False, at least, if I have a gift of gorgeous pink rhubarb falls in your lap.
One major perk of wedding cake-baking for a wedding in Madison, Wisconsin was the opportunity to stay with my aunt and uncle, who aside from allowing me to take over their kitchen for several days also have a beautiful stand of rhubarb. On my last morning in town, my uncle was kind enough to cut me a couple pounds of the prettiest, pinkest rhubarb I’ve ever seen.
But how to use this precious windfall? I’ve baked with rhubarb a few times before, as part of a cookie, in a fruity appetizer, and as a co-star in a classic pie, but I really wanted to try something where the rhubarb played the lead. Something simple but essential.
After a lengthy winter (for usually balmy Durham), the recent arrival of warm weather has caused a SURGE of greens in my garden. I was a bit over-zealous in March when I planted spring crops (er twelve Romaine plants and six spinach), and now, I can frequently be seen toting bags of freshly-picked lettuce to work and bequeathing it to friends willing to eat a lot of salad. Combined with the arrival of everything fresh at the farmers market, I have to exercise a lot of control to make sure I’m using up these greens before they go to waste. I tire of salads quickly, so I thought I’d try a different take.
In a move that surprised me, the staunch supporter of cheese pizza with as few toppings as possible, this flatbread pizza has almost nothing on it except vegetables. I coupled a large wad of my most recent harvest of spinach leaves with some young onions and green garlic, two ingredients I rarely work with but was curious to explore.
And because I couldn’t quite bring myself to omit cheese entirely, just a bit of asiago, which is ever the friend of garlic-y, onion-y things.
The last three days, I think I’ve been on my first faux-cation. That’s right. A vacation that’s not real. It’s not like I’m actually even on vacation but just not going anywhere, which is a staycation. I’m not on one of those. I just emerged from one of the more intense periods of work I’ve ever experienced, culminating in a hugely successful film festival. It was fun in that mind-bending, 17-hour work day sort of way, ya know? Rewarding, exhilarating, but exhausting. And since we wrapped up late on Sunday night, it has been nearly impossible to force myself to do ANY activity that remotely resembles work: putting dishes in the dishwasher, cooking at all (seriously, I feel like I’m at the beach, we’ve been eating at restaurants with patios to take advantage of the nice weather), grocery shopping, nothing. Each time I’ve tried to get something done, I drift into daydreams of real beach vacations, lazy days in the sun, and the slower pace that simply MUST be coming soon.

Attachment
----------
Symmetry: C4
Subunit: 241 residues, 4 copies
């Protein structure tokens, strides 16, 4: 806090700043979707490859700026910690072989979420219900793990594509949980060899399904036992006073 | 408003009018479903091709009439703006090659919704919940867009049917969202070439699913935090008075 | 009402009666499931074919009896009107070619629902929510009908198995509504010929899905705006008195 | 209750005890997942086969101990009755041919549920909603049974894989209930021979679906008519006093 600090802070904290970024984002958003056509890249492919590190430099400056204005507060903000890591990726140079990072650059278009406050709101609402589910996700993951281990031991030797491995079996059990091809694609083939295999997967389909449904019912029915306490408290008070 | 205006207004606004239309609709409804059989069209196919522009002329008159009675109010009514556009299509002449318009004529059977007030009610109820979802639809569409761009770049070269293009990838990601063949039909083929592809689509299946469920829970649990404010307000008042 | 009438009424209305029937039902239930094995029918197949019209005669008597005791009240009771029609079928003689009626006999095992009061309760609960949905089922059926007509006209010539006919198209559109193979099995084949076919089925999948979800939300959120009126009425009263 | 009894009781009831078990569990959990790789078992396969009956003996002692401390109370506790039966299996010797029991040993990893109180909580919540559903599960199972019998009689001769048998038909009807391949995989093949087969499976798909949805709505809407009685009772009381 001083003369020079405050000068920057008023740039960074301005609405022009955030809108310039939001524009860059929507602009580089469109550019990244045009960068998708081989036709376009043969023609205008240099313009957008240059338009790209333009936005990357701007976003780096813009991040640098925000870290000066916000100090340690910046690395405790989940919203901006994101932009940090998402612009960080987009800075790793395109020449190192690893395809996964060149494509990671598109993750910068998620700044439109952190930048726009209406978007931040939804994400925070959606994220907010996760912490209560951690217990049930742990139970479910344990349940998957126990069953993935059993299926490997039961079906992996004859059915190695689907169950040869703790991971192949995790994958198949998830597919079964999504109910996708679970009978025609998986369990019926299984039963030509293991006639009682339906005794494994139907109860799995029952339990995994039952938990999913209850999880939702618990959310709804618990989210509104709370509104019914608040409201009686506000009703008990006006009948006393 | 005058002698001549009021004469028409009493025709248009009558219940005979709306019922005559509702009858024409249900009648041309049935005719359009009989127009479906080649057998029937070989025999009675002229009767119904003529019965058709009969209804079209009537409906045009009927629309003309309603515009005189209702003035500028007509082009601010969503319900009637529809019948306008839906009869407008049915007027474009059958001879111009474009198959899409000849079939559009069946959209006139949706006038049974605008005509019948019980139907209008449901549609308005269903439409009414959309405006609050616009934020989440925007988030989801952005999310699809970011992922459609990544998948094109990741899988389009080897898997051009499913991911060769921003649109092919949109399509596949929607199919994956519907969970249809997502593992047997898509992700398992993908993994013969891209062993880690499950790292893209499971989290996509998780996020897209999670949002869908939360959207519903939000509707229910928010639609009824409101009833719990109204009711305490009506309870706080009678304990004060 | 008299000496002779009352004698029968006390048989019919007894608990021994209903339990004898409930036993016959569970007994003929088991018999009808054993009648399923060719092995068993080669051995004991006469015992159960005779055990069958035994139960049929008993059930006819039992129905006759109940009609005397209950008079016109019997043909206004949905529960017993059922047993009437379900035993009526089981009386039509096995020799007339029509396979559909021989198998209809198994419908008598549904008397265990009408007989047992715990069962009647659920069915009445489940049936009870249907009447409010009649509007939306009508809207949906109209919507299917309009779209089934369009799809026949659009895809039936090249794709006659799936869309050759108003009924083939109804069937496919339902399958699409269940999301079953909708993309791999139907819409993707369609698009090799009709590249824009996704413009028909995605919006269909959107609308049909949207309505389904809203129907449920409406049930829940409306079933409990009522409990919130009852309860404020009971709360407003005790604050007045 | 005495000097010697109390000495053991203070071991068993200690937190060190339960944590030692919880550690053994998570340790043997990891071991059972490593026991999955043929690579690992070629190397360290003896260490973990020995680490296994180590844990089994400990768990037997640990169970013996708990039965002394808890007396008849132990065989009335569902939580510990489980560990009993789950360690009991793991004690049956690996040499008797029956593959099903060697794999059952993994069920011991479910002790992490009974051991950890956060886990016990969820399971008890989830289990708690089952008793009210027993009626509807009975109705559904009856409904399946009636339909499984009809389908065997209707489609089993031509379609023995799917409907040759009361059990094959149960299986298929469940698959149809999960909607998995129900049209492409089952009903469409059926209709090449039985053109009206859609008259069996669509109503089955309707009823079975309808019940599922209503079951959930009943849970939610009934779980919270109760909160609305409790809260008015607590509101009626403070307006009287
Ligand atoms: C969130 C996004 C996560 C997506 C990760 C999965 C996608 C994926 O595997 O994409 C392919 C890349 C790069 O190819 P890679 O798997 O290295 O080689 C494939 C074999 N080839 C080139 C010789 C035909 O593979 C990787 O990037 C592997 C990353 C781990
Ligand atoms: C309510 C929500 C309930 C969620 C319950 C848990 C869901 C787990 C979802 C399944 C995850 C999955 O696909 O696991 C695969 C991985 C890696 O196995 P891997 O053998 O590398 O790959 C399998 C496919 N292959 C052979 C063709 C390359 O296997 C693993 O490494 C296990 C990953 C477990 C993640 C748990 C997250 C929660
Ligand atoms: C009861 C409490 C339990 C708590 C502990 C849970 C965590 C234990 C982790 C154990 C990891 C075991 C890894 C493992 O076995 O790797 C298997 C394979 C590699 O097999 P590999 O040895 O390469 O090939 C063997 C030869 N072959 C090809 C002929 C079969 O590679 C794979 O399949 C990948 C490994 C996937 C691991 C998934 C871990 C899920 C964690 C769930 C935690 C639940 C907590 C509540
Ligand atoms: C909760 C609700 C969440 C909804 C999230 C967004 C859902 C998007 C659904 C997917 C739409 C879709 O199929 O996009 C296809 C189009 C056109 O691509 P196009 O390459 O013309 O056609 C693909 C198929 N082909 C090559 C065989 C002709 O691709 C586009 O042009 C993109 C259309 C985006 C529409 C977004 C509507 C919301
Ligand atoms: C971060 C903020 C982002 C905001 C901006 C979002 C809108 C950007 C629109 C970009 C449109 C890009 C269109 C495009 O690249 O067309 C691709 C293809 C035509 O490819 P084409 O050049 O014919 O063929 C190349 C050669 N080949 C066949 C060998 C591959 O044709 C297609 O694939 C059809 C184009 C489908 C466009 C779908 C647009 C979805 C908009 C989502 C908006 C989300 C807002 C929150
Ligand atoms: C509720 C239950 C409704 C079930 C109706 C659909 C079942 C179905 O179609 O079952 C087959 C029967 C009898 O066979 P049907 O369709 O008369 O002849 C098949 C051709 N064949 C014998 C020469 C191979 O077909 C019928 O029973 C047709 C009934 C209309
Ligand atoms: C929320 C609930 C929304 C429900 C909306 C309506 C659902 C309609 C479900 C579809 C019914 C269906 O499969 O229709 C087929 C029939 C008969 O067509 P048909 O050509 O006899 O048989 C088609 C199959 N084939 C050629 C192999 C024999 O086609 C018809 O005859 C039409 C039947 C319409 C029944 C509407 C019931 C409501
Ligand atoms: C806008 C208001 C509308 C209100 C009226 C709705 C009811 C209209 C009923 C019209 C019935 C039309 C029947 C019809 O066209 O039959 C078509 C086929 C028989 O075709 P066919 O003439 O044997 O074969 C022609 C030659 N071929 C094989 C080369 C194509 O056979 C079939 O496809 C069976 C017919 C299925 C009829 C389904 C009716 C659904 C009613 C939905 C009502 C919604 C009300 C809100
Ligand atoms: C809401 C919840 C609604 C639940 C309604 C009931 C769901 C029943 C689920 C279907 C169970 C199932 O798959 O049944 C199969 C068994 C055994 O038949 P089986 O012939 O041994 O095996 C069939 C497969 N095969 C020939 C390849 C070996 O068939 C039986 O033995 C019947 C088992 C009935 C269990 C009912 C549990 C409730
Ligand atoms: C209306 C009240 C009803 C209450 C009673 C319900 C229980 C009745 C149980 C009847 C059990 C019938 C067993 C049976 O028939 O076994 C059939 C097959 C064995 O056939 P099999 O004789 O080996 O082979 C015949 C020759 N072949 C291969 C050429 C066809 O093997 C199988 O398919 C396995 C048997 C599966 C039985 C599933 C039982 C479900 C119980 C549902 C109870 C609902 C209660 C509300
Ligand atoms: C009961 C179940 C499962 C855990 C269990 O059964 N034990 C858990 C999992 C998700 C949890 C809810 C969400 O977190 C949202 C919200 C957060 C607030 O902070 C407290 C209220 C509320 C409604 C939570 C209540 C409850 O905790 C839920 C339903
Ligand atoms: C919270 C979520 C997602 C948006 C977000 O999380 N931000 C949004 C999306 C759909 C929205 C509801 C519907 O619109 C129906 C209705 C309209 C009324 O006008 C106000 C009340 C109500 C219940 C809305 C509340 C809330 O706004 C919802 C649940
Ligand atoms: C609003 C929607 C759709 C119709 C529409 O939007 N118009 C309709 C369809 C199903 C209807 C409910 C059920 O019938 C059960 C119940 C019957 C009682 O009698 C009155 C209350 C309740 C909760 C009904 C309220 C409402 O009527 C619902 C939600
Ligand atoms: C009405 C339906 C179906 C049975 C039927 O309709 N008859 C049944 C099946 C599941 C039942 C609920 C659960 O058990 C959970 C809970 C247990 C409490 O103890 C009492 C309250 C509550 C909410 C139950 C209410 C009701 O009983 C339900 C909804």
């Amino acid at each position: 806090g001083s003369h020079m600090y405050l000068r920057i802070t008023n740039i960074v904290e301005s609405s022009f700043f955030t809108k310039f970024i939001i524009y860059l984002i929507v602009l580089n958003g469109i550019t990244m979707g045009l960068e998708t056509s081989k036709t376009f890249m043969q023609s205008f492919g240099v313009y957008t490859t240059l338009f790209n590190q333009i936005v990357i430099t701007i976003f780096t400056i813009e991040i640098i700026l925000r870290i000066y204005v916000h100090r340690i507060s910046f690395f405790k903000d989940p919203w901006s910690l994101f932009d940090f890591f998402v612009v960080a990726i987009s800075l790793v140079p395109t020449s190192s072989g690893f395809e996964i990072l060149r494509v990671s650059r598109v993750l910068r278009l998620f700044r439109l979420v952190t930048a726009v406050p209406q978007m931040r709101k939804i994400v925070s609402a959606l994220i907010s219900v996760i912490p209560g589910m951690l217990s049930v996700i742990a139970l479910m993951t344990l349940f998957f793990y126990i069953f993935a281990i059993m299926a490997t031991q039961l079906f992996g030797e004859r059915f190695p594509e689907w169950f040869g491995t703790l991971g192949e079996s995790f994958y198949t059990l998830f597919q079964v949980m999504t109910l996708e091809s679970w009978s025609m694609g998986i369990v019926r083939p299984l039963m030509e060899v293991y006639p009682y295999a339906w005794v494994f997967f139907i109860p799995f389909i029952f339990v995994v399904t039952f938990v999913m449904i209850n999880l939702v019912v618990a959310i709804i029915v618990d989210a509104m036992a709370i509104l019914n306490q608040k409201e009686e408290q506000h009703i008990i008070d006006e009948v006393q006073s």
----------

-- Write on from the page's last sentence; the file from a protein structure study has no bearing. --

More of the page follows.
But I miss you guys. I miss testing recipes, playing with food, editing photos, and writing to you. So I finally got myself back on track, though admittedly, the “recipe” that follows is vacation-inspired, and possible even in a stress-triggered faux-cation.
I made some dang strawberry ice.
Why? Because summer is coming, which brings lemonade. And strawberry lemonade is the best lemonade, and hiding strawberries in ice cubes seemed like fun! It’s an easy, splashy way to step up your beverage game at summer cookouts and spring brunches. And all you need to make it is ice, sugar, water, and your favorite ice cube tray.
There are some foods that have always been magic to me. Tortillas, croissants, tortellini, cream puffs… those dreamy little bites that all seem borderline impossible for a person in a home kitchen to make. Incidentally, jam also mystified me. Perhaps it was really the canning part that seemed so out of reach, for until a couple years ago, I never canned my own.
I’ve learned, however, that jam is actually quite simple to make, and it doesn’t necessarily require large batches and canning. It seems you can boil together almost any fruit and have jam in a matter of minutes, ready to serve warm or to store in the fridge for many days.
This treat is a celebration of quick jam, a blend of two early harbingers of spring: strawberry and rhubarb.
While bundled stalks of rhubarb have graced the tables of the farmers market since early February, strawberries have only recently returned to the scene. Last week, a few pints of these precious red fruits have appeared between towers of broccoli and leafy greens, and just like every year, I could hardly wait to get my hands on some.
I have a really bad habit of planning my weekends too much. I always make a list full of more than I can possibly do, gradually shifting things to later in the week as the impossibility of my plans becomes clear.
But every once in a while, one of the items on those lists turns into a relaxing, inspiring, reflective endeavor with delicious results. As with this frittata.
My initial impulse to make this crowd-worthy breakfast came from a delightful alliance of ingredients currently in season. “Egg season” (yes, there is one) has begun here in the Carolinas, and every week I see more and more vendors with teetering piles of egg crates on the corners of their tables.
My local food quest suffers no greater challenge than it does in January and February. I love fresh fruit, and as I don’t live in a citrus-producing state, the options are pretty sparse for local fruit.
The earliest harbinger of spring, however, earlier even than the asparagus and strawberries that declare the season’s coming with certainty, is rhubarb.
Rhubarb, which grows in varieties ranging in color from pale green to deep red, is technically a vegetable. However, it has been classified as a fruit in the United States since the late 1940s since it is primarily used as a fruit. Naturally quite tart, it is typically paired with sugar and other sweet fruits to create tangy, flavorful desserts.